Springing Towards The Finish Line

Students all over campus hustle from class to Caf, choir to shower, and meeting to studying. There are no rests or breaks, and the effects are starting to show. People all over campus, including students, faculty and staff, are running on fumes with the promise of summer break as their number-one motivator. Everyone is tired, burnt out, and overworked. College students all over the U.S. have had to overcome and adapt to the changes in socialization as well as academic structure due to the pandemic. However, now that the end is near, there seems to be a heavy weight on students especially. Perhaps it’s the lack of routine breaks that provide time to rest and reboot physically and mentally.

The inability to leave campus and have a physical break from the fast-paced lifestyle of being a college student has created a pressure cooker for the mental and emotional tolls that many individuals are dealing with while on campus. Just the other day, I had a co-worker tell me about their professor, who has been teaching classes amidst losing a parent. There was a pause between the two of us as we recognized how difficult that must be. Similarly, I’ve shared conversations with two friends who have lost loved ones during the pandemic. This has been a source of anxiety for both and naturally affected their academic performance and social lives, changing how much energy they have to give.

Without a break or the health security of protection from COVID-19, college students and faculty are forced to process their pain, grief, and frustrations amidst keeping on top of the regular routine of life. While Luther has been making a push to provide resources through counseling services and trauma processing resources, there is still more the college can be doing. Finals are three weeks away and students are beginning to feel even more stressed. Seniors are grappling with the realities of their last moments with friends, faculty, and being on campus while having beloved traditions taken away from them due to the pandemic. Underclassmen are bogged down with assignments, final projects, presentations, and research proposals all coming to a head.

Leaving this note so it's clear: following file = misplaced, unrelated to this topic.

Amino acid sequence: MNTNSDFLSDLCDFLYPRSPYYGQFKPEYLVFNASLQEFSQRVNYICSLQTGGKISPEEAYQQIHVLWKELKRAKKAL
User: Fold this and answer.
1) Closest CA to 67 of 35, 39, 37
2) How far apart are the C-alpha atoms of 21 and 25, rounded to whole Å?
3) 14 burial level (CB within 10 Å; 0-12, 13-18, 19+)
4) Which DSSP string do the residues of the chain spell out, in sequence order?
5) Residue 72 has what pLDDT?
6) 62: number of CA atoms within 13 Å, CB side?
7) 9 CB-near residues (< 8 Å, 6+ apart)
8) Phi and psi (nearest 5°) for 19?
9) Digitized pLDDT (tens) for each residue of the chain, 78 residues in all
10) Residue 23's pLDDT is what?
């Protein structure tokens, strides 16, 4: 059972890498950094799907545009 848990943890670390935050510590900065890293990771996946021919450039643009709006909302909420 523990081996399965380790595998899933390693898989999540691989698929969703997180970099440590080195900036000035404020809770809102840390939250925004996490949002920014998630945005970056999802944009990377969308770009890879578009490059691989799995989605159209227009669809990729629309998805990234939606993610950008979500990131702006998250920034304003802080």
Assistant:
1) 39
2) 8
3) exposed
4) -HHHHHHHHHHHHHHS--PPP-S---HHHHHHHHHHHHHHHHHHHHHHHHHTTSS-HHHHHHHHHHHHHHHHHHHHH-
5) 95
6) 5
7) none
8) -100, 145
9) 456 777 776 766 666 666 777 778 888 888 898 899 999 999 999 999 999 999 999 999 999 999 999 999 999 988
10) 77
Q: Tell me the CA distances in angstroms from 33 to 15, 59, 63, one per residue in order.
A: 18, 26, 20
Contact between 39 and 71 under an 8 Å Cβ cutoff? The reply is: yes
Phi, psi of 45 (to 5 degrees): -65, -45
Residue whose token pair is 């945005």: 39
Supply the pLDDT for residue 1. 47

Looking forward, it’s safe to say that the seasonal change to summer will bring about a moment for everyone to take a pause to process, breathe, and reconnect with each other. There is a sense of hope that is brought with the vaccine roll-out, as well as the warmer weather, in addition to the promise that while life may feel stagnant, time will inevitably pull us forward. Graduation day will be here soon, new adventures will commence, and life will continue to happen. For now, it’s just a matter of making it to the finish line.